approximate price point(s) and user experience such that
reasonable market research can be conducted for purposes of
commercial concept evaluation (collectively, the
(b) Joint technology development[:]
To evaluate the feasibility of combining the Outcomes
Taxonomy and MicroEdge software, [MM] will provide a copy and
description of the OutcomesTaxonomy to MicroEdge; MicroEdge
will be subject to the Restrictions outlined in section 11
regarding this software.
(c) Joint sales pitch meetings:
MicroEdge and [MM] will create work product to facilitate
product concept pitches and sales pitches to the philanthropy
sector. The output of this collaboration will be to meet with
8-12 very large foundations on the product concept(s) for the
purposes of concept evaluation and potential early adopter
(d) Market research:
As part of this product concept creation and evaluation,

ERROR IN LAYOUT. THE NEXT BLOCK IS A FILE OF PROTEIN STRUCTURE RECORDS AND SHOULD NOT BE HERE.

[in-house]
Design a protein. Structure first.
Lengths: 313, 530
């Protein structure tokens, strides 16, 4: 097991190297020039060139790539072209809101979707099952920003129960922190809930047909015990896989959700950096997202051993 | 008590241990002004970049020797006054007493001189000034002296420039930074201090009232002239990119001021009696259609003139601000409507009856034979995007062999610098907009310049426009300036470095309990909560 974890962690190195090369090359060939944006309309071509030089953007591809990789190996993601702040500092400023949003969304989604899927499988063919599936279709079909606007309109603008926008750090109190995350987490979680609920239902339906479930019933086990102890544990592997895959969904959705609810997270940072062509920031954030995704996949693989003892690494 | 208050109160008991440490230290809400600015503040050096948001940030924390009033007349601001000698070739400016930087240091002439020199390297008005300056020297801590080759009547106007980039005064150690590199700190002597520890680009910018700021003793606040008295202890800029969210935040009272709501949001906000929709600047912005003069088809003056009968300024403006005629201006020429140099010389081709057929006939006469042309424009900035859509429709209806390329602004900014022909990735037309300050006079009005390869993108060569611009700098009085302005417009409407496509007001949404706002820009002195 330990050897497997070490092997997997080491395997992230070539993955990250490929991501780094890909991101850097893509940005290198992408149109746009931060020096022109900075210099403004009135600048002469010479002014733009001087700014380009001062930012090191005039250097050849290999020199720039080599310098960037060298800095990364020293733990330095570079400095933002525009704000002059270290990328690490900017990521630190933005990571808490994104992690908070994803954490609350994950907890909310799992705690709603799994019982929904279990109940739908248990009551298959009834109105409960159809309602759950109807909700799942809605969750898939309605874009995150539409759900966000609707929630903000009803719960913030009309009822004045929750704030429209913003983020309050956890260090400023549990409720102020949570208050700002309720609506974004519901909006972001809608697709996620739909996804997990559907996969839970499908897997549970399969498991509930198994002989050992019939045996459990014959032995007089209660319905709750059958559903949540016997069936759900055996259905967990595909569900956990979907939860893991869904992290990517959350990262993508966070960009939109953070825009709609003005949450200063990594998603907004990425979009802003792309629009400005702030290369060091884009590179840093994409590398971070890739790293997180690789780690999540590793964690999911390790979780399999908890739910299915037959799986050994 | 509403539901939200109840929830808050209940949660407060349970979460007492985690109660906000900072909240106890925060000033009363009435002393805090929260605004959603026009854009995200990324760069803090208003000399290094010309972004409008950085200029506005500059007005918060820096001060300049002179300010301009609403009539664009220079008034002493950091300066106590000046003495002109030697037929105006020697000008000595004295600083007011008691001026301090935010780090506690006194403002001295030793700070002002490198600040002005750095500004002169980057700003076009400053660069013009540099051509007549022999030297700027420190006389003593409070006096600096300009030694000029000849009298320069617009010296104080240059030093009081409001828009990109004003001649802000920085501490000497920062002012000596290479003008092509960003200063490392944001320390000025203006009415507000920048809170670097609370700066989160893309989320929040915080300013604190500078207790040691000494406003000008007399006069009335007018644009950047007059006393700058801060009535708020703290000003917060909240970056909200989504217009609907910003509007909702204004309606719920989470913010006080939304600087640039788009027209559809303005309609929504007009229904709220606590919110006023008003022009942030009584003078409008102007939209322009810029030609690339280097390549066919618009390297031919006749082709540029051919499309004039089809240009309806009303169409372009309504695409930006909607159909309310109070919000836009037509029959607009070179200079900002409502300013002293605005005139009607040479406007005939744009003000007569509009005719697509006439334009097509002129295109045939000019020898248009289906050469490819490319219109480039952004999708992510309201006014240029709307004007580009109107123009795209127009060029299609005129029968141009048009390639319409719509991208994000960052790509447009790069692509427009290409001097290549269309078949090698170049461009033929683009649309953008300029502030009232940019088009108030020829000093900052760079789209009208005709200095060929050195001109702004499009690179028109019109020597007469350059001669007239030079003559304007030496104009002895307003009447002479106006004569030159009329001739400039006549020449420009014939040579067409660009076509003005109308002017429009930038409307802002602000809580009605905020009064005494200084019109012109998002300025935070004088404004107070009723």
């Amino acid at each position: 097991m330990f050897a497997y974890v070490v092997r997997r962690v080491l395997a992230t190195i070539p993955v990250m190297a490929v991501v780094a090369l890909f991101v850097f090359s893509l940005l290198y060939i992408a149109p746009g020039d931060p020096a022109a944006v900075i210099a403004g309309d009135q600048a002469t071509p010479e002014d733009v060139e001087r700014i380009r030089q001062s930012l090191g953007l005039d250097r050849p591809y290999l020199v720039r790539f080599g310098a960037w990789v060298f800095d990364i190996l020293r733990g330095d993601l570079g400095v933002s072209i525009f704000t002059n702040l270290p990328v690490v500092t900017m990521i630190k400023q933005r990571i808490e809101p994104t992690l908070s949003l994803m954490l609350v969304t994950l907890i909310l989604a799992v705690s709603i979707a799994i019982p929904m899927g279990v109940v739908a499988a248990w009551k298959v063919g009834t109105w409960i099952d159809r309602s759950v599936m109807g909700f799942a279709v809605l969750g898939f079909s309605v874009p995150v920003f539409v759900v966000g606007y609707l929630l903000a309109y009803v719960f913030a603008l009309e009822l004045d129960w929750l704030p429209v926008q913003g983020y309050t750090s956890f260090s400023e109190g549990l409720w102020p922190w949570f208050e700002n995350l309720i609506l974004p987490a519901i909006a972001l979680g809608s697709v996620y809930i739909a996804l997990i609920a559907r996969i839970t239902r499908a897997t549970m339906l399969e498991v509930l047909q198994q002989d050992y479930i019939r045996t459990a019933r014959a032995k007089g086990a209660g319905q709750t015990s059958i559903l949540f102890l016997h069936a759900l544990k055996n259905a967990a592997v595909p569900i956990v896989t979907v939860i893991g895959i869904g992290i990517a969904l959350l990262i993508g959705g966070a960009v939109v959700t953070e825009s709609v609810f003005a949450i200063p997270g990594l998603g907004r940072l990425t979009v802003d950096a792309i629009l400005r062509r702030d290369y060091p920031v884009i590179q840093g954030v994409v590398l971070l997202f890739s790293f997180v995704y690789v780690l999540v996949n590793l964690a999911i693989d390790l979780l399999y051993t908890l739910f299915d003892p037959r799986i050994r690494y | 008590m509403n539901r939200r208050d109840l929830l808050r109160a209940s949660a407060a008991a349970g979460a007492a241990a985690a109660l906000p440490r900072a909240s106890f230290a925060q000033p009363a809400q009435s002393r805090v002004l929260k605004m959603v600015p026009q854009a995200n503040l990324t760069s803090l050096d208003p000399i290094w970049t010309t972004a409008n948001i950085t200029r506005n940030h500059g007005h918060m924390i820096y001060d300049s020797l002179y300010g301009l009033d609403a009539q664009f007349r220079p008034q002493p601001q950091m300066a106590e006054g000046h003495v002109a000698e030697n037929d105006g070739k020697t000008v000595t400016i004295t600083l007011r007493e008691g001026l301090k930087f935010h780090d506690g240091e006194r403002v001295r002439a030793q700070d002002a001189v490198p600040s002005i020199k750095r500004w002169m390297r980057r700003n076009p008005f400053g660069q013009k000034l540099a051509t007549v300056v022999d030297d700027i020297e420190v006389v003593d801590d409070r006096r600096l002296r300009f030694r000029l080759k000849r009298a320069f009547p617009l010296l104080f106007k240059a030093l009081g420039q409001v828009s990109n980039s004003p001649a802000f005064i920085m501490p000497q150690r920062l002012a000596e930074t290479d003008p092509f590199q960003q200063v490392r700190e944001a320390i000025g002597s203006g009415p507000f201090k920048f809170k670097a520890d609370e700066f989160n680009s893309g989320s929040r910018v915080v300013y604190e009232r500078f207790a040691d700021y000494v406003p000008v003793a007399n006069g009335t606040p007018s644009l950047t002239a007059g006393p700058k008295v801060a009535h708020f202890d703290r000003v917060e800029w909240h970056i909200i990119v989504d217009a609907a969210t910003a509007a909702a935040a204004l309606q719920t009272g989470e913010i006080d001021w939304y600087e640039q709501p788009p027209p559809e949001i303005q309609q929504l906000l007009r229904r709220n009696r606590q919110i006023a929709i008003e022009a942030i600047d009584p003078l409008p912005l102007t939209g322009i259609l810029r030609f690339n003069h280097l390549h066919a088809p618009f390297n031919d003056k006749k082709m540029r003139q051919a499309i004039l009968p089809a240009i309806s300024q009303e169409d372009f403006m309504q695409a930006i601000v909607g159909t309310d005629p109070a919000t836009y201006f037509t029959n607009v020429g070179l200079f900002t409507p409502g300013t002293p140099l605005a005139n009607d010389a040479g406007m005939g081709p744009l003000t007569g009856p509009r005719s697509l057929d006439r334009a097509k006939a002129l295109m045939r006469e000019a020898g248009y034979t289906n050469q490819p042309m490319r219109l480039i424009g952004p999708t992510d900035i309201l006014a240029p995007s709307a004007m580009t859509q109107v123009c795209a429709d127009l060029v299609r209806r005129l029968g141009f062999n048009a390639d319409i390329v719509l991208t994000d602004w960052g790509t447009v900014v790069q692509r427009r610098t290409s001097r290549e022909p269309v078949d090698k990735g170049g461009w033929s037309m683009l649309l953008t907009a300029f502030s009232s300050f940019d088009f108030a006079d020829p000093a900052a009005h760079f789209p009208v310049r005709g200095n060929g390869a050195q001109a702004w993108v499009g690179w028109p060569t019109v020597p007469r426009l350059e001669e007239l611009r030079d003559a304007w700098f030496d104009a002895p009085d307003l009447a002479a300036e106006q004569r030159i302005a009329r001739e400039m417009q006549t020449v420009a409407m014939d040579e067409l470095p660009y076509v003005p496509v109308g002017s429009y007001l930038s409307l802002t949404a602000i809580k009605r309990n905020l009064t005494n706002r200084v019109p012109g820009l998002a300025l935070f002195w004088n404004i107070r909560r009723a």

MicroEdge will engage a third-party researcher to contact
clients and conduct product concept evaluation for purposes
of commercial viability. This market research will be funded
solely by MicroEdge.
(LOI, Dkt. # 16, ¶ 1.)
additional agreement was signed after May 1, 2013. MicroEdge
subsequently marketed itself for sale, and Blackbaud bought
MicroEdge in October 2014 for $140 million. In 2016,
Blackbaud launched “Blackbaud Outcomes, ” which
the parties agree does not incorporate MM's Outcomes
Taxonomy. Additional facts are discussed as necessary in the
text of the order.
filed the instant lawsuit in June 2016 against Blackbaud,
MicroEdge, and Vista Equity Partners,  alleging various
claims, including breach of contract, tortious interference,
federal and state-law trade secret violations, and unjust
enrichment. The Defendants have filed separate summary
judgment motions, which are addressed in turn below.
judgment is proper where “the movant shows that there
is no genuine dispute as to any material fact and the movant
is entitled to judgment as a matter of law.”
Fed.R.Civ.P. 56(a). A genuine factual dispute exists when
there is enough evidence that a reasonable jury could find in
favor of the nonmoving party. Whiting v. Wexford Health
Sources, Inc., 839 F.3d 658, 661 (7th Cir. 2016). In
construing the evidence and facts supported by the record in
favor of the non-moving party, the Court gives the non-moving
party “the benefit of reasonable inferences from the
evidence, but not speculative inferences in [its]